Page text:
Limerick forestry owners frustrated at lack of state action over ash crisis

Donal O'Regan


Donal O'Regan


Limerick forestry owners frustrated at lack of state action over ash crisis

LTWO chairman Colum Walsh, from Cappamore, addressing the agricultural committee in the Oireachtas

LIMERICK and Tipperary Woodland Owners (LTWO) are calling on Minister of State Andrew Doyle to have meaningful consultation with ash forest owners directly affected by ash dieback. 

To date the minister and his officials in the Forest Service have not held any consultation with those directly affected or taken on board consultation documents sent to the Forest Service since May 2018 even after repeated requests, said LTWO chairman Colum Walsh.

The Cappamore man said the current crisis in forestry has been in train for the last seven years.

“As another year slips by forest owners who planted ash in good faith have been left side-lined by the minister and his state department, the Forest Service, who will not reach their 8,000ha target in the coming years if this issue amongst others isn’t addressed in the immediate future. 

“Ash forest owners will be lucky to see 1% of their plantation survive. That works out at 35 trees per hectare surviving out of an initial planting stocking rate of 3,500 plants per hectare. At clear-fell somewhere around 40 - 45 years the forest owner should be clear-felling 350 trees per hectare. This is an overall reduction by 99% of the estimated income of €40,000 per hectare at clear-fell stage. Ash makes excellent hurleys, furniture, veneers and, at the lower end, great firewood,” said Colum.

He said the Forest Service is currently putting in place a scheme of thinning and under planting scheme which does “not compensate the owner for the loss of income, time, and value to their plantations”. 

“The only mistake ash forest owners have made to date is to enter into a contract with the Forest Service to plant their land with ash, which the Forest Service approved and grant aided the importation, planting of these saplings into the island of Ireland, paying no consideration to plant health and phyto biosecurity,” said Colum, who addressed the agricultural committee in the Oireachtas in July.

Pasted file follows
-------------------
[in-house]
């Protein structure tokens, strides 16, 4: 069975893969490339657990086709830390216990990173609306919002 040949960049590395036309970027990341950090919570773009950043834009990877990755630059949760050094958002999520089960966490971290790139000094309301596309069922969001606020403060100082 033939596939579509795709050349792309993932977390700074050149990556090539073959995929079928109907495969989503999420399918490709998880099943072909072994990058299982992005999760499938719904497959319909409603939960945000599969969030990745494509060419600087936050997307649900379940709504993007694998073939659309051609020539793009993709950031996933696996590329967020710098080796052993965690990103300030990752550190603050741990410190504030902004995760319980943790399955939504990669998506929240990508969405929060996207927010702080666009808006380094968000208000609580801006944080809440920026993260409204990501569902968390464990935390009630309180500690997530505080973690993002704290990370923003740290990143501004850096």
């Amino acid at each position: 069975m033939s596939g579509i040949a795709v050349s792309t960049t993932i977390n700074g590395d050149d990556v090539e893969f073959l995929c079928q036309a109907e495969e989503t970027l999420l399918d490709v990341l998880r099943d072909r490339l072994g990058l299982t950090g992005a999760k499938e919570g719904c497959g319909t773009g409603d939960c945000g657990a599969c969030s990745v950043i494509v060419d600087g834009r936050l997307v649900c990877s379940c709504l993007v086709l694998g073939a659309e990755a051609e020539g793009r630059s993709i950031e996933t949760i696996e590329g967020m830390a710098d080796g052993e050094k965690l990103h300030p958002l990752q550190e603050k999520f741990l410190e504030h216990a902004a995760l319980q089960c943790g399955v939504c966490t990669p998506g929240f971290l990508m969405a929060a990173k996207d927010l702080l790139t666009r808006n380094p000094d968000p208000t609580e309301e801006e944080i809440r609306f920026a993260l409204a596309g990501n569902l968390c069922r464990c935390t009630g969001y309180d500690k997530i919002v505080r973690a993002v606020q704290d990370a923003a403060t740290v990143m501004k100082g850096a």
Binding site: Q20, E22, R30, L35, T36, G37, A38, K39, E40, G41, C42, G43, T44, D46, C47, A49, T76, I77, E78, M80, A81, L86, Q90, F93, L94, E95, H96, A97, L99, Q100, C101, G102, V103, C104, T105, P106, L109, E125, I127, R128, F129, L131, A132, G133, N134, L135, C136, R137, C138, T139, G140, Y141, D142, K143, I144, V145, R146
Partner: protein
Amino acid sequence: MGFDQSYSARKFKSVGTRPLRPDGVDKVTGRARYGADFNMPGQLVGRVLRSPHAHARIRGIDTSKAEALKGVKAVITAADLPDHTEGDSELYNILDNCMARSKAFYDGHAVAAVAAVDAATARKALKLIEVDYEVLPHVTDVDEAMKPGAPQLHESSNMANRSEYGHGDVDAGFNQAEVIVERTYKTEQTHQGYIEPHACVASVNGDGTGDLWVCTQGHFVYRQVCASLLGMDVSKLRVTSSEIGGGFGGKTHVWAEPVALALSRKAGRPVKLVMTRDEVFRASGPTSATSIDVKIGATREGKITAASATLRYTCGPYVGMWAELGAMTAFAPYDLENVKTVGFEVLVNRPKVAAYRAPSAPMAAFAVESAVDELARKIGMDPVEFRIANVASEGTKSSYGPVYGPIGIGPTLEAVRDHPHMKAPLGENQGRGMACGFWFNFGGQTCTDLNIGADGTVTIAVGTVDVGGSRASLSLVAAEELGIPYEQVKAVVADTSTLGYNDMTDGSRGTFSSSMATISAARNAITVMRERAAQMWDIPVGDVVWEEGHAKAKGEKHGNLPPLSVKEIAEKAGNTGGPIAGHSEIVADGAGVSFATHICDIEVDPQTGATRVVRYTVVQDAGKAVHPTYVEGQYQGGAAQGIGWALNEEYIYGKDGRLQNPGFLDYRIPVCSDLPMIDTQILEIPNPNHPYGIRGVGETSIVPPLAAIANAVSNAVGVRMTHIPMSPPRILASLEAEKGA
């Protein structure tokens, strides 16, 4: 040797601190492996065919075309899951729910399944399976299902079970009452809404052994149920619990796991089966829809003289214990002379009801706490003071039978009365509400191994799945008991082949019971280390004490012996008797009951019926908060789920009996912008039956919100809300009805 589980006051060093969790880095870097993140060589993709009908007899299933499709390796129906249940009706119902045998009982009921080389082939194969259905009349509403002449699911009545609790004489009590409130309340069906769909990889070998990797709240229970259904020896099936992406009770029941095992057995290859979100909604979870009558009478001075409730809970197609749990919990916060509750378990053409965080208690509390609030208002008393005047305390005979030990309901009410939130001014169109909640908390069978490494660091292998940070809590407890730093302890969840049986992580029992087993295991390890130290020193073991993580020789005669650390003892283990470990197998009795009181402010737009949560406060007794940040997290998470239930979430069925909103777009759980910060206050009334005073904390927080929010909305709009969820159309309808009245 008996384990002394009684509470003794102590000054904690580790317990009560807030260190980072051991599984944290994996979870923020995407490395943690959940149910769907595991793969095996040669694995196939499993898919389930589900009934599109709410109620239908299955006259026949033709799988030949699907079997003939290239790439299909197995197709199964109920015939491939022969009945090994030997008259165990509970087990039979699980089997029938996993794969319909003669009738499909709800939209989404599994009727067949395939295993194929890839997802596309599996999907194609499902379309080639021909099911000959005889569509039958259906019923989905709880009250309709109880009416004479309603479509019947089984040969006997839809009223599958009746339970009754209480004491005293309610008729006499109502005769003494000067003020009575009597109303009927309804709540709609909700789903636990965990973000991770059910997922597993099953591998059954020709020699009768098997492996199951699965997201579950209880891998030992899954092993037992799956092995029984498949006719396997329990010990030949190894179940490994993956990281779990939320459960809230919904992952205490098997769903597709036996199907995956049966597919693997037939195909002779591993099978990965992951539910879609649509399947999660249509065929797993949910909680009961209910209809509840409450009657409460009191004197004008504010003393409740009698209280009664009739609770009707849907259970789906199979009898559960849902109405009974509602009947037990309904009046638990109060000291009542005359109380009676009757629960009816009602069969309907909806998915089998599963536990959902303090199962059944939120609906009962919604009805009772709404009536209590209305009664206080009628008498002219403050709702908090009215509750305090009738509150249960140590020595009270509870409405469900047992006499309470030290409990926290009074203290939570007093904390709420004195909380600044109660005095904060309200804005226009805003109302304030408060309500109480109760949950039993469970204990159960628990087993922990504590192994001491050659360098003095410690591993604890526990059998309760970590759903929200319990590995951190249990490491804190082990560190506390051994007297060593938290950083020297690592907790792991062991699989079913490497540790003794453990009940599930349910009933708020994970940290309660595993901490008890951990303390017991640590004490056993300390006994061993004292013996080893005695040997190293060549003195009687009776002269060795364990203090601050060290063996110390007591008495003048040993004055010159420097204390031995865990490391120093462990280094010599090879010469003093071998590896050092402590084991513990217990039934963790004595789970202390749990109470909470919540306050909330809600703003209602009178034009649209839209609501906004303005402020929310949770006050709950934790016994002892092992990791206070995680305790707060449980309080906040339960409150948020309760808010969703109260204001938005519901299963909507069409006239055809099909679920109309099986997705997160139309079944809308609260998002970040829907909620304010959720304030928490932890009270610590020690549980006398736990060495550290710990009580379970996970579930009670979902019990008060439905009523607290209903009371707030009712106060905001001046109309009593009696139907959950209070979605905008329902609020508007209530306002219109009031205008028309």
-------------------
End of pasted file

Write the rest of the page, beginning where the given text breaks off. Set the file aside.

He told TDs ash growers have lost up to €800m from an unstoppable fungal disease. 

“The disease has wiped out ash plantations across Europe beginning in Poland fourteen years ago. Due to increased interest in the planting of hardwoods under the old Afforestation Grant and Premia Scheme, ash plants were sourced from mainland Europe, the Forest Service approved these plants for use with no regard to the obvious threat to biosecurity in this country.

“The Forest Service had reacted with a reconstitution scheme that forced owners to clear and replant or all premia would be stopped. After over €4m was wasted on a failed programme the scheme was halted. The Government invited submissions but LTWO are still awaiting a response from their submission over a year later,” said Colum.

He added that the scheme didn't cover loss of earnings and that these farmers had no responsibility for the importation of this known disease but have ended up bearing the brunt of responsibility for the importation of this infection through financial loss, mental distress, the possibility of a non-viable forest and devalued land. 

“As a whole ash dieback was an agricultural, heritage, national sport, rural and climate change issue, that to date has not been addressed,” concluded Colum.